News and Announcements
New Regis College Program Rewrites Rules of Writing in a Time of ChangeSeptember 2, 2014
As the country mourns the loss of freelance journalist James Foley, his execution at the hands of extremists focuses attention on how news is covered today. Increasingly, news outlets both big and small are turning to non-staff freelancers like Foley to help cover subjects from city council meetings to wars abroad. Responsibilities cross many platforms, and “writers” are being required to Tweet, blog, take video or photos as well as produce clear, concise, accurate prose.
A new master’s degree program at Regis College is examining the multi-faceted role of today’s professional writer, a position that combines aspects of traditional journalism, public relations, creative writing and social media expertise. The Masters of Arts in Professional Writing (MAPW), which officially launches this fall, is pioneering new ways to teach the best practices of “old” media in a “new” media world.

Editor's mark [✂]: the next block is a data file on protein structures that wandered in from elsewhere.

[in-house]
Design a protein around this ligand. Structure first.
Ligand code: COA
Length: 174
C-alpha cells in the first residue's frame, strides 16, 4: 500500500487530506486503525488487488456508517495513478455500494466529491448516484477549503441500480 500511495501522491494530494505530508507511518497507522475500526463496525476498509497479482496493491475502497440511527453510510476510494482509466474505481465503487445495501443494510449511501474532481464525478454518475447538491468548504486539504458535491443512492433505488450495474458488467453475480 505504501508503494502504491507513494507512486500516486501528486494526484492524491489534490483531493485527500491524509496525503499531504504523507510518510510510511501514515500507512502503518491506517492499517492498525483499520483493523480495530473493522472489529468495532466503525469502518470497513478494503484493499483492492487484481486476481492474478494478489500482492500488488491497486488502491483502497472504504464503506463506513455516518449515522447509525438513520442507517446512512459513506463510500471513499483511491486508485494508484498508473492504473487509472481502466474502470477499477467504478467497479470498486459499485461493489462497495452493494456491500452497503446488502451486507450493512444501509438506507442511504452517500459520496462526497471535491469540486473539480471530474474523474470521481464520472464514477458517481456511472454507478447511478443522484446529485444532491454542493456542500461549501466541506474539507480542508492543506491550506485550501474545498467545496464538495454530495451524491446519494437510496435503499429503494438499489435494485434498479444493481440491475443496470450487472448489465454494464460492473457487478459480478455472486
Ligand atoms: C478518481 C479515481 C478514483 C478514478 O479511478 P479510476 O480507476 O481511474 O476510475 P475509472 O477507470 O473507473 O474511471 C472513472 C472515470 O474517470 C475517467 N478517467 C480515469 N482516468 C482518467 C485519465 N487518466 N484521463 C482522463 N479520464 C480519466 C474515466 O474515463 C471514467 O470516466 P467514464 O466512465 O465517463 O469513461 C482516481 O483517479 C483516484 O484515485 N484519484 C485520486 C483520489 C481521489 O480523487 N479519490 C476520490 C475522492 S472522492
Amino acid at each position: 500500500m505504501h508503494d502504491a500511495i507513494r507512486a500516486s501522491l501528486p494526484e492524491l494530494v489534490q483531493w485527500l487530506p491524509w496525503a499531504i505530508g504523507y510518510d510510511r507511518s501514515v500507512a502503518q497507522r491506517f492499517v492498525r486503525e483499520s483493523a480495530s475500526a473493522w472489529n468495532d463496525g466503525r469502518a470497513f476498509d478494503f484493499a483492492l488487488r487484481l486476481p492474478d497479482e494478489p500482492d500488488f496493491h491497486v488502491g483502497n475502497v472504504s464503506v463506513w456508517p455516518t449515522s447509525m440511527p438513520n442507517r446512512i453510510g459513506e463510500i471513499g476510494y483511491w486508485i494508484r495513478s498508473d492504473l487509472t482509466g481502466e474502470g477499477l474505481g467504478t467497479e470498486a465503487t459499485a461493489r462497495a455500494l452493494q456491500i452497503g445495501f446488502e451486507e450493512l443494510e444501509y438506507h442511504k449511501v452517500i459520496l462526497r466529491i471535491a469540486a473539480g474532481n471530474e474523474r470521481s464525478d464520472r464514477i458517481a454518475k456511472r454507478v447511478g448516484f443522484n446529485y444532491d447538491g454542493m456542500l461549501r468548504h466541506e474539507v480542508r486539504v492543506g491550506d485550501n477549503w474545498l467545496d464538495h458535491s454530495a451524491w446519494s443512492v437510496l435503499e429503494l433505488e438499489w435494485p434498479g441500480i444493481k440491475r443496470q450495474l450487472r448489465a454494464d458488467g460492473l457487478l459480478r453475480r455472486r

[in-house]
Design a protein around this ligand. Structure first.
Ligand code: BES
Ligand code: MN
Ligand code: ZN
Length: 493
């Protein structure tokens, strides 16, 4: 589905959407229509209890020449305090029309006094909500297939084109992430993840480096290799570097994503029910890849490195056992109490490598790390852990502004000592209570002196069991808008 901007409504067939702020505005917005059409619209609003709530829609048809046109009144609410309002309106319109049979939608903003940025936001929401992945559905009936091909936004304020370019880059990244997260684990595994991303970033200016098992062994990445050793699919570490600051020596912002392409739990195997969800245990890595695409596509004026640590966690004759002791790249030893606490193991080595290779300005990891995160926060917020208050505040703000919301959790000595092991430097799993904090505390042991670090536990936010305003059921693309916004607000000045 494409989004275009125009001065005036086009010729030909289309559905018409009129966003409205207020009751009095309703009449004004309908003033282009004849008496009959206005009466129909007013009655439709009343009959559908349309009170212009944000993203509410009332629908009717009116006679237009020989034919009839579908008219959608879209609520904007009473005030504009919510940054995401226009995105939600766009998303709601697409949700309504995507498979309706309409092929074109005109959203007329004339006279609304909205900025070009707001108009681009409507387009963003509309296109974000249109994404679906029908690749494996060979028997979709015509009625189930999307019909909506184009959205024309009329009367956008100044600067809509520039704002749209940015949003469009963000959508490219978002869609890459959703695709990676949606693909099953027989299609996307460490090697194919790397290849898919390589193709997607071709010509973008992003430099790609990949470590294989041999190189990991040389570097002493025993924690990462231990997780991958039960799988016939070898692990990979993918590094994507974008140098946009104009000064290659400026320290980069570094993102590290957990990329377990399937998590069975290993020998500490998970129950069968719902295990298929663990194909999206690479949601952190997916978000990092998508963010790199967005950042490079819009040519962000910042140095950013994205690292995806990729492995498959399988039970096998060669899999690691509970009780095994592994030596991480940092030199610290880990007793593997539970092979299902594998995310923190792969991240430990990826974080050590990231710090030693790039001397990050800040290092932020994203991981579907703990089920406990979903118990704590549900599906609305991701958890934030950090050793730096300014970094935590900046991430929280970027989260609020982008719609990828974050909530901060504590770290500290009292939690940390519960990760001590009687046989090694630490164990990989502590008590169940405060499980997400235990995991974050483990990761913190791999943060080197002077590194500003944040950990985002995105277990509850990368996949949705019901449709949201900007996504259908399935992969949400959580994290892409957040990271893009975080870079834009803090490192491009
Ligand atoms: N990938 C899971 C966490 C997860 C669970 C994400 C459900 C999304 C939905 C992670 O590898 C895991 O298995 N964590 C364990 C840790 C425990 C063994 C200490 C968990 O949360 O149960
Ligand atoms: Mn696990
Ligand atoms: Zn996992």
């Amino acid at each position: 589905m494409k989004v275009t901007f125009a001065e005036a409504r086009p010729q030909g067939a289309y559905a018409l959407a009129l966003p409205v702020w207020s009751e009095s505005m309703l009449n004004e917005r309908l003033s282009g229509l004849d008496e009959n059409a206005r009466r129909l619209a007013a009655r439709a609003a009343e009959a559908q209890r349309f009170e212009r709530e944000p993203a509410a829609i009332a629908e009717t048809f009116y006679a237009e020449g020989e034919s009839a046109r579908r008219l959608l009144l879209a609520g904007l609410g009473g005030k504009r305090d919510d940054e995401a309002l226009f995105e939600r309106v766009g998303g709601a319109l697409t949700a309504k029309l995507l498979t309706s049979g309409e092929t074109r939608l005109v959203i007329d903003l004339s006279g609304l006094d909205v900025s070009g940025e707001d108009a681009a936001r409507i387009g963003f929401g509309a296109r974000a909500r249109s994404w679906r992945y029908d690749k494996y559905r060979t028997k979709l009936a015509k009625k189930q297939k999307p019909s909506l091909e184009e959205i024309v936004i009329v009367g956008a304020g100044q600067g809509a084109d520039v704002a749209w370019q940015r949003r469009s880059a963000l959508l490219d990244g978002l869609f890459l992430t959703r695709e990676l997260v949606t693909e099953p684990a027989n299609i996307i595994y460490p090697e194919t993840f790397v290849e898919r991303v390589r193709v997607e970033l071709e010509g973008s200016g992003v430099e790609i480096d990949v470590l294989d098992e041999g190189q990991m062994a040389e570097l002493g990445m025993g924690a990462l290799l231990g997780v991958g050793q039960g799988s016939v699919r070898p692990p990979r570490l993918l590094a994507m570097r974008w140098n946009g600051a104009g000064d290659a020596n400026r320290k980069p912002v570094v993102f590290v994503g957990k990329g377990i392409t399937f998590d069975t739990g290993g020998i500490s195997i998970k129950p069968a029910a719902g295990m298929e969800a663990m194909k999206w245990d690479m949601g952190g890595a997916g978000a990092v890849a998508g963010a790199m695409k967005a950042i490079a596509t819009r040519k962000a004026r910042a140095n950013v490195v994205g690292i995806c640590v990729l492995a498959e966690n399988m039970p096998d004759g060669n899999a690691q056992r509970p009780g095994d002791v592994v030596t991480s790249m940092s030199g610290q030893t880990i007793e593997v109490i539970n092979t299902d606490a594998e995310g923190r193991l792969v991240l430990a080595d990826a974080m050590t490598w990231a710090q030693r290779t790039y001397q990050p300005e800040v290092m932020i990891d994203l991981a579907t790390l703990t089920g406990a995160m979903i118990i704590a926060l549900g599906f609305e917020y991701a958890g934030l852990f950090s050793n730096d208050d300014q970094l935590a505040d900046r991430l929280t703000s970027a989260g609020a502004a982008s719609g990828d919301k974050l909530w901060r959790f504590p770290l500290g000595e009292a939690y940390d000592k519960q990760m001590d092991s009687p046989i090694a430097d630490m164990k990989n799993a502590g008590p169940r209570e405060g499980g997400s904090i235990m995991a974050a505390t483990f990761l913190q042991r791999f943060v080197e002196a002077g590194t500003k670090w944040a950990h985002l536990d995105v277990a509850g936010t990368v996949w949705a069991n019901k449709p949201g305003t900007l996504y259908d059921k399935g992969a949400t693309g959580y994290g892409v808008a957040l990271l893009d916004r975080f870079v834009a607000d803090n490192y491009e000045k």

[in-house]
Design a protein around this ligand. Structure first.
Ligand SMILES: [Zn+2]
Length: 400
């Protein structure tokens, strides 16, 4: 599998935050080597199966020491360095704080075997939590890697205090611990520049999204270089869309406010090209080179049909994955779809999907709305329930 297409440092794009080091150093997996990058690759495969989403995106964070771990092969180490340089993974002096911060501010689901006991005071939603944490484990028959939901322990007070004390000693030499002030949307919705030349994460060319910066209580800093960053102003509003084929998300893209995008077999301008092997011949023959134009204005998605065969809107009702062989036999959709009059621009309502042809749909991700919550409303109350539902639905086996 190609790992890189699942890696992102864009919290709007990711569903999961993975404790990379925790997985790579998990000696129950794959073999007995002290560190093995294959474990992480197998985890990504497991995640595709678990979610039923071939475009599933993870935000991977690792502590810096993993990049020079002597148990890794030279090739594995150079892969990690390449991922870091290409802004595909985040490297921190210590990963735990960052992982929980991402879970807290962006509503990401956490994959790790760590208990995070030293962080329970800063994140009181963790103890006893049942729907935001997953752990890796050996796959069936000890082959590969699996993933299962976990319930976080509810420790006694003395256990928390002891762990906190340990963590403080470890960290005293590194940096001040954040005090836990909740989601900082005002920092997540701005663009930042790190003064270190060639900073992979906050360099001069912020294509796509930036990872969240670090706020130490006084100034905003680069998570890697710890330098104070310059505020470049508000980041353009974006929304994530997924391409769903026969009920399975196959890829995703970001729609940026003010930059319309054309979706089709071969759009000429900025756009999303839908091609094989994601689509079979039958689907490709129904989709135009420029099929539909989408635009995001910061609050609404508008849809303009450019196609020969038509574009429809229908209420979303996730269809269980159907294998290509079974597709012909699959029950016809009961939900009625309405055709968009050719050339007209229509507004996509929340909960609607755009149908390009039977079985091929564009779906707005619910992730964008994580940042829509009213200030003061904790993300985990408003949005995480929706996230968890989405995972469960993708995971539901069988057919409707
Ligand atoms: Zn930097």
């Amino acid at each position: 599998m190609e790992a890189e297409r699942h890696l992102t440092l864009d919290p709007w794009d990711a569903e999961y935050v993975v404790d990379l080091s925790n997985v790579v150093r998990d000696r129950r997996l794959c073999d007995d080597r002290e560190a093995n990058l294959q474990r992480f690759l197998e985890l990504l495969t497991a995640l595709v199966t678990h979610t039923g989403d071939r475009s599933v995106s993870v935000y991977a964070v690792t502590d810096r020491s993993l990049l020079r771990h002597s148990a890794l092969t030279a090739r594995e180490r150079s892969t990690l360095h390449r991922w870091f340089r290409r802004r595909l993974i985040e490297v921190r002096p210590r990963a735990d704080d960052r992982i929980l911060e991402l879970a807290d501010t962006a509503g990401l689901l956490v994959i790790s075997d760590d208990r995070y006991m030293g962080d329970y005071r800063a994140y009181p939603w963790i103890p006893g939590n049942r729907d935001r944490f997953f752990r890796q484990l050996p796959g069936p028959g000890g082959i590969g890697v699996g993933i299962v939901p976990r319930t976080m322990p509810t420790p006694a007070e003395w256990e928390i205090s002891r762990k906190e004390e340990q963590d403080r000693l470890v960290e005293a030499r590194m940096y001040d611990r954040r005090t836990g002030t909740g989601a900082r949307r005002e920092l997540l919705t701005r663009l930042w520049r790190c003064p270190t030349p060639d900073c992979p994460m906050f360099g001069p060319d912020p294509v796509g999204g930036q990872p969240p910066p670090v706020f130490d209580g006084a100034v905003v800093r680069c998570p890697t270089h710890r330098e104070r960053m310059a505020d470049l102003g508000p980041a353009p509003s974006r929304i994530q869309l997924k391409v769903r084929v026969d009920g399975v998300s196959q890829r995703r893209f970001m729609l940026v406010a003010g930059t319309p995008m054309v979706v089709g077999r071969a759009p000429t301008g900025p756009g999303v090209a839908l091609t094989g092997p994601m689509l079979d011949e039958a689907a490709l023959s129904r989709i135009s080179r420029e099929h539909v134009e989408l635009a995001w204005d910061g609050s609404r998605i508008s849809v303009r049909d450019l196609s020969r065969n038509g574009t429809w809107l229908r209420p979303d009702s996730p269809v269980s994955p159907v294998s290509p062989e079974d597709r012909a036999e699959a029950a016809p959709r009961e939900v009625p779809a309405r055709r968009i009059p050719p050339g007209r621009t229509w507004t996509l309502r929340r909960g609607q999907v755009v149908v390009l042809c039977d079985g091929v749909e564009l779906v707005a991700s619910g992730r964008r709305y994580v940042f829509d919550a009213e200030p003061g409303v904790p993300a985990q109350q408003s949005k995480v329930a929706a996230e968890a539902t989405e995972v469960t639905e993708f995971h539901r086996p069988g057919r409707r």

The MAPW acknowledges new market conditions: News organizations once relied on full-time staffers, who were trained and mentored by newsroom veterans. Now would-be writers must bring those skills to freelance assignments and cope with dramatically changing news media and communication outlets. Recent graduates who cut their teeth with stints at newspapers, magazines and other outlets before branching out, also need new media outlets for gaining writing and research skills.
“Regis MAPW students will explore trends in digital media and practice reporting and research techniques,” said Antoinette Hays, PhD, RN, President of Regis. “In today’s complex world, mastering these skills is important in every professional discipline.”
If you are considering a back-to-school college-oriented feature or a story on how writing program students are affected by the Foley’s death, please contact Stephanie Schorow, MAPW director, a former reporter and editor and author of six non-fiction books.